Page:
IE 11 is not supported. For an optimal experience visit our site on another browser.

Campbell's profits rise despite falling sales

Price-conscious grocery shoppers are being choosy about what they buy to cook at home, even from the value-oriented Campbell Soup Co.
/ Source: The Associated Press

Price-conscious grocery shoppers are being choosy about what they buy to cook at home, even from the value-oriented Campbell Soup Co.

The company reported Monday that its first quarter profit rose 17 percent with the help of lower costs from increased efficiency in getting its products from its plants to store shelves, as well as lower prices for grain ingredients.

But revenue fell 2.1 percent to $2.2 billion with dips in sales for most of its categories, ranging from condensed soup to Prego pasta sauce.

Earnings were $304 million, or 87 cents per share, in the first quarter, up from $260 million, or 70 cents per share, a year ago. But the company says the year-ago profit figure included one-time charges, including some related to closing facilities in Australia and Canada and restructuring management, that made it look worse than it was. Excluding the year-ago charges, adjusted earnings per share was 76 cents.

The higher profit is another sign that the inflation that socked ingredient and packaging prices last year is over. The company said that lower grain prices have more than offset inflation for tin and tomato paste.

The Camden-based company also raised its guidance for the rest of the fiscal year.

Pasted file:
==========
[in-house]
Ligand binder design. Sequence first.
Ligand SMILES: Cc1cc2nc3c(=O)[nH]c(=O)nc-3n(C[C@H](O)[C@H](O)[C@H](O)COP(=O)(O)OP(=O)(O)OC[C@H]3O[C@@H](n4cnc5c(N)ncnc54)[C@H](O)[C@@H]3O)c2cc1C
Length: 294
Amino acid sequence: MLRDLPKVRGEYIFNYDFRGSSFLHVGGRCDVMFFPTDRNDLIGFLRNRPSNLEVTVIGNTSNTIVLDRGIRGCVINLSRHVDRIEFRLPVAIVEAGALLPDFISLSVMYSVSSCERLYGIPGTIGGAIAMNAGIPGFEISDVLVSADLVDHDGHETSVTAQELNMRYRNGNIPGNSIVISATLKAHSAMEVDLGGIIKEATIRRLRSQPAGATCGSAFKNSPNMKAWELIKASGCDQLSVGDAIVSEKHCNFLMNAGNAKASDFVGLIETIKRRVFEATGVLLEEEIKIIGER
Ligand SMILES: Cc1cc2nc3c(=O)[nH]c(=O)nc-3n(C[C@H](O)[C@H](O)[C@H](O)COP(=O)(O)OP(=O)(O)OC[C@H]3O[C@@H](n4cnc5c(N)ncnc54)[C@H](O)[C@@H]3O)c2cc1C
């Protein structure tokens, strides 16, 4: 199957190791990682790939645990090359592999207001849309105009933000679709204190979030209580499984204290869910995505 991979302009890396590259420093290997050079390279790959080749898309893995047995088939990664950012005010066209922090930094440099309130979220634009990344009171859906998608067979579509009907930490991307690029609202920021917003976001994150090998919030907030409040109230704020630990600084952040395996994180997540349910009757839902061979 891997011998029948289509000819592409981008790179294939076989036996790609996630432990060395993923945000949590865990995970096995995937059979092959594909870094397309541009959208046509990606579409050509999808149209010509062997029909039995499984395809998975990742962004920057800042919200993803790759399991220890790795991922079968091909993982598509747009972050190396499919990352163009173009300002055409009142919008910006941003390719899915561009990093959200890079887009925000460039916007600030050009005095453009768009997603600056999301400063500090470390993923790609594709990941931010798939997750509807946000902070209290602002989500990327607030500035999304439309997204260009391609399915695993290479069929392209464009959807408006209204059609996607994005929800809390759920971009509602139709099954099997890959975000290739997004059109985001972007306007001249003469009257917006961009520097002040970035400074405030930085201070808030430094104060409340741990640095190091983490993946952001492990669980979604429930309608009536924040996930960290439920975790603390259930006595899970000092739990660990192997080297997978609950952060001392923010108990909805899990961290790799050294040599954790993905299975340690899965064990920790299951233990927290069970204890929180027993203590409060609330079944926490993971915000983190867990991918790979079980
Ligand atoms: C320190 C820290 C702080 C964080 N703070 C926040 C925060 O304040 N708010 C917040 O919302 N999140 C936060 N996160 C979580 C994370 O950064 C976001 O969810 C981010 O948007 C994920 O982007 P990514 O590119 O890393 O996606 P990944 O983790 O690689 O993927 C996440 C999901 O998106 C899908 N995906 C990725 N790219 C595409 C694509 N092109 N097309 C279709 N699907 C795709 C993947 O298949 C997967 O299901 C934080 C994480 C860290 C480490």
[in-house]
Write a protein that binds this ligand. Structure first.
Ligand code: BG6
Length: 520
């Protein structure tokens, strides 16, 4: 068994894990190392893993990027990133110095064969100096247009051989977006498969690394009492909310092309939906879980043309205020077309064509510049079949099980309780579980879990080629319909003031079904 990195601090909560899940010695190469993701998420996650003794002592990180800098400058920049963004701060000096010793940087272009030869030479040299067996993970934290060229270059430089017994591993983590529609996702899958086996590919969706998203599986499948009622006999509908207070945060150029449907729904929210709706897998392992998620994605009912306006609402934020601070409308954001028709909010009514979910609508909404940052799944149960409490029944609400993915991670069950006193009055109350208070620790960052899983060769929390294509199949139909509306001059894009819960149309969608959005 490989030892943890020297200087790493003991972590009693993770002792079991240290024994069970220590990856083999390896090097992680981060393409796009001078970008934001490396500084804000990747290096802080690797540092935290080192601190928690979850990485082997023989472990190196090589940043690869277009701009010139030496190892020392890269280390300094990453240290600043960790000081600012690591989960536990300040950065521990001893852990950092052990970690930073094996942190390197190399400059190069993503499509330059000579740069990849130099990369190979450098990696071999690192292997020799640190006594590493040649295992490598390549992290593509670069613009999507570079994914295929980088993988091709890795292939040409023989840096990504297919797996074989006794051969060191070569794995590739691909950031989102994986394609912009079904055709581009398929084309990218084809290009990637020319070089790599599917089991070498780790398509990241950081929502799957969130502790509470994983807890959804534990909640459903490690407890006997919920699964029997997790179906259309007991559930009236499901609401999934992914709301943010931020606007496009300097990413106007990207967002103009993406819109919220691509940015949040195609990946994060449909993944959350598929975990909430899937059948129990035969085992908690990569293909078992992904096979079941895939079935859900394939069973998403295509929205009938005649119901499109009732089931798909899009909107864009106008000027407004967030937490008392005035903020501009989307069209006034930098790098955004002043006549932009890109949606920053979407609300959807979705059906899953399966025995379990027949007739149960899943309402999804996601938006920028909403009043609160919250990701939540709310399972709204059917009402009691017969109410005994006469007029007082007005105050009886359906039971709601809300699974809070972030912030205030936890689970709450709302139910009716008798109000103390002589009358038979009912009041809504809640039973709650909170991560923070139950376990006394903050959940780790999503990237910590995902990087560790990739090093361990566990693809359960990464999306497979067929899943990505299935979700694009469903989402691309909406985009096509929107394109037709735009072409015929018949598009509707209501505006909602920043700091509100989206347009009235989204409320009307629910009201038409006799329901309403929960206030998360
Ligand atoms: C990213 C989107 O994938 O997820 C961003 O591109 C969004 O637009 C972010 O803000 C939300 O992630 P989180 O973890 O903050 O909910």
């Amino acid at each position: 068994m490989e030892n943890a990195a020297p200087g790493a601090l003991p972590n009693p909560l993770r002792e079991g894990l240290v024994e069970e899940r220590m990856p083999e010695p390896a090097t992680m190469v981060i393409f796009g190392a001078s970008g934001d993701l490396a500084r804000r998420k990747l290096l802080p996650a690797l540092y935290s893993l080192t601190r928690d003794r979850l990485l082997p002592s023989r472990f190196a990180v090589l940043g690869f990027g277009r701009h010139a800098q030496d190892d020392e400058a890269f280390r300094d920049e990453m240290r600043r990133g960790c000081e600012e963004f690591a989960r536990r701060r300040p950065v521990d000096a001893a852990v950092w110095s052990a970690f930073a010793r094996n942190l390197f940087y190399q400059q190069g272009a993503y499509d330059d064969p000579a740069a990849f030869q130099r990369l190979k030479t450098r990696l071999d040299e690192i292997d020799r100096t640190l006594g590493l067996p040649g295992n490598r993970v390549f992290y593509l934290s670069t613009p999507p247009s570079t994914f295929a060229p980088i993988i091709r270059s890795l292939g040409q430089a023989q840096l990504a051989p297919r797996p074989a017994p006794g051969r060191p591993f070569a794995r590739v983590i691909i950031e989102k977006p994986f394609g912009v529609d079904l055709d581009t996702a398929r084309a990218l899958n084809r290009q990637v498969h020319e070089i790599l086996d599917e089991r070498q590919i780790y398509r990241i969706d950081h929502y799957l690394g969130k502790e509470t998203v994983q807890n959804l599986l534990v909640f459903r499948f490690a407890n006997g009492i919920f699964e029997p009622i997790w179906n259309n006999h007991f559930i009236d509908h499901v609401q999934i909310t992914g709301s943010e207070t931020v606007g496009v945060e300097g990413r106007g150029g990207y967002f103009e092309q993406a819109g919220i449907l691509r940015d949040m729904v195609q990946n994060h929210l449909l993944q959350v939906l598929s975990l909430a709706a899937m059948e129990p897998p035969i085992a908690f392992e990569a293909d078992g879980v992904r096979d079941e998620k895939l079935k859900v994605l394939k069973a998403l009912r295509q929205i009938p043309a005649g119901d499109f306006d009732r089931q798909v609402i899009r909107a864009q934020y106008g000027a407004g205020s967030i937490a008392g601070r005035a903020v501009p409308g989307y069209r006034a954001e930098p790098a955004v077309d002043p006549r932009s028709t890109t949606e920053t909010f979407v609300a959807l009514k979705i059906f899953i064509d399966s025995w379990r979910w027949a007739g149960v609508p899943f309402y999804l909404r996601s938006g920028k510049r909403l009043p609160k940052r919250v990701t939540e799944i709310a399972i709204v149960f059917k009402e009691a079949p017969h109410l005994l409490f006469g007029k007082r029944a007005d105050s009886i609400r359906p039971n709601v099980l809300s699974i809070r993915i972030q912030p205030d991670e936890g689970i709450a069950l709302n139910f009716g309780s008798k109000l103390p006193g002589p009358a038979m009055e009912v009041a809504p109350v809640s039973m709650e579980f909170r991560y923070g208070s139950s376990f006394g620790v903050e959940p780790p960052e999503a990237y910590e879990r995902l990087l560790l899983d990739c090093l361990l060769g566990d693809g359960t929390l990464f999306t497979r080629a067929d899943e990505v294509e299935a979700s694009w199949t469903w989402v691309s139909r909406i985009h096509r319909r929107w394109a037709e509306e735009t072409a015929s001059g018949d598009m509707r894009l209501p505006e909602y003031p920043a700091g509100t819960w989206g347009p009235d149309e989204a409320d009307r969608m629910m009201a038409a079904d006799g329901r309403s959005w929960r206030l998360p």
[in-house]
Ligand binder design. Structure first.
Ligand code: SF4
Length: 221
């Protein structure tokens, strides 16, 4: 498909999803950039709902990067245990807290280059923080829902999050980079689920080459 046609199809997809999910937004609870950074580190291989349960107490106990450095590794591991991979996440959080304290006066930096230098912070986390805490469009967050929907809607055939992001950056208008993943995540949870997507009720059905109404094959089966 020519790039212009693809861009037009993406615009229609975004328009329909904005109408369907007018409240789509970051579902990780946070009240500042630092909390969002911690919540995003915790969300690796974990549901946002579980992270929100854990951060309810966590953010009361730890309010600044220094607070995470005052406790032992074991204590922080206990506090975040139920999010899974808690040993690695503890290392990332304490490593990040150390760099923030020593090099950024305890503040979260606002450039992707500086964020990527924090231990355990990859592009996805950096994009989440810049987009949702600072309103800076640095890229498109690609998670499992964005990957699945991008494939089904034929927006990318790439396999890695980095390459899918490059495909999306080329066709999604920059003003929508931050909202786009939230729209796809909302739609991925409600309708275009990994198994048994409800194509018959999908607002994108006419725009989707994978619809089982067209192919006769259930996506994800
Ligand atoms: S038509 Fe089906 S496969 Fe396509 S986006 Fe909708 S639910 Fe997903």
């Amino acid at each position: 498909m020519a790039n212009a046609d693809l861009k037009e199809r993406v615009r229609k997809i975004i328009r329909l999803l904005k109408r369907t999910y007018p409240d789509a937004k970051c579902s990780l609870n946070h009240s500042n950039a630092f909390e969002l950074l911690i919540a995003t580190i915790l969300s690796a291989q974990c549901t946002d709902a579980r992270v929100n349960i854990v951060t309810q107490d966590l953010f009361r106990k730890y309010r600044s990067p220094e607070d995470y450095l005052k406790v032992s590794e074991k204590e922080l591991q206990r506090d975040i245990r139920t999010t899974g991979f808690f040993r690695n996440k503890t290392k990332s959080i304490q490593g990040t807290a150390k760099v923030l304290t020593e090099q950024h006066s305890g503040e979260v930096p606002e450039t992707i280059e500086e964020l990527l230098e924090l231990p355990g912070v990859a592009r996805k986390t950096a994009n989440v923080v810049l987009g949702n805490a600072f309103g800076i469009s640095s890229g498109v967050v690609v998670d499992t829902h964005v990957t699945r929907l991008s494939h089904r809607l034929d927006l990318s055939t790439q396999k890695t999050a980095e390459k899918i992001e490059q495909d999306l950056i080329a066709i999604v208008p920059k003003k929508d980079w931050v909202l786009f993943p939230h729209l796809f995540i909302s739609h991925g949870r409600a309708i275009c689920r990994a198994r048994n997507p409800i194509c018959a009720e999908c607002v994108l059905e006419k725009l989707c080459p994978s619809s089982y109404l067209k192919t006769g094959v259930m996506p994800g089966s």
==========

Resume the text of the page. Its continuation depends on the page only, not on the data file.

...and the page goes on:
But with sales down slightly, none of the good news seemed to excite investors much.

The company's shares rose 23 cents to $34.35 in midday trading.

Soup sales fall after strong first quarter
Jack Russo, who follows the company for Edward Jones, called the Campbell report "the same old song-and-dance" that firms that sell food and other staples have reported in the past few months. "The favorability on costs and that sort of thing sort of drove the quarter," he said.

The company says part of the reason for the sales drop is that the first quarter a year ago was strong. For instance, soup sales in the earlier period rose 12 percent. They dropped 3 percent in the most recent quarter.

Another reason for lower sales is that the company rolled out its major soup marketing campaigns mostly in October this year — two months later than last year, when Campbell tried to get a jump on selling a lineup of new products.

Campbell CEO and President Douglas Conant told analysts on a conference call Monday that soup sales in October were up 10 percent over the same month last year — a sign that the strategy is working.

Campbell also said its relaunched Chunky soup brand, still aimed at men but with more lean meat and vegetables, is off to a promising start.

CEO: Condensed soup positioned well
The company said sales of some of its relatively expensive products — V-8 juice and soup in microwavable bowls — continued to suffer as shoppers seemed to stay away from products they don't see as necessary.

Conant said that's why condensed soup — which can be priced at under $1 per can when it's on sale — should do fine as the recession lingers.

He also said the company can sell its soup in microwavable packages for their value rather than their convenience.

"We think there's a big marketing opportunity with microwavable to market it as the ultimate brown-bag lunch," he said.

One area where Campbell is doing especially well, Conant said, is in traffic to its Campbell's Kitchen Web site, which offers recipes — using soup, of course — that can be made in 30 minutes or less and for under $10. Conant said traffic was twice as high this quarter as it was a year ago.

Campbell also said Monday that it was raising its guidance for the current fiscal year, saying it expects its earnings per share to rise by 9 to 11 percent through the end of July, up from its long-term target of 5 to 7 percent.

Investors have not been blown away by the improved outlook, perhaps because it reflects mostly better currency exchange rates and doesn't signal the company selling much more soup — or anything else.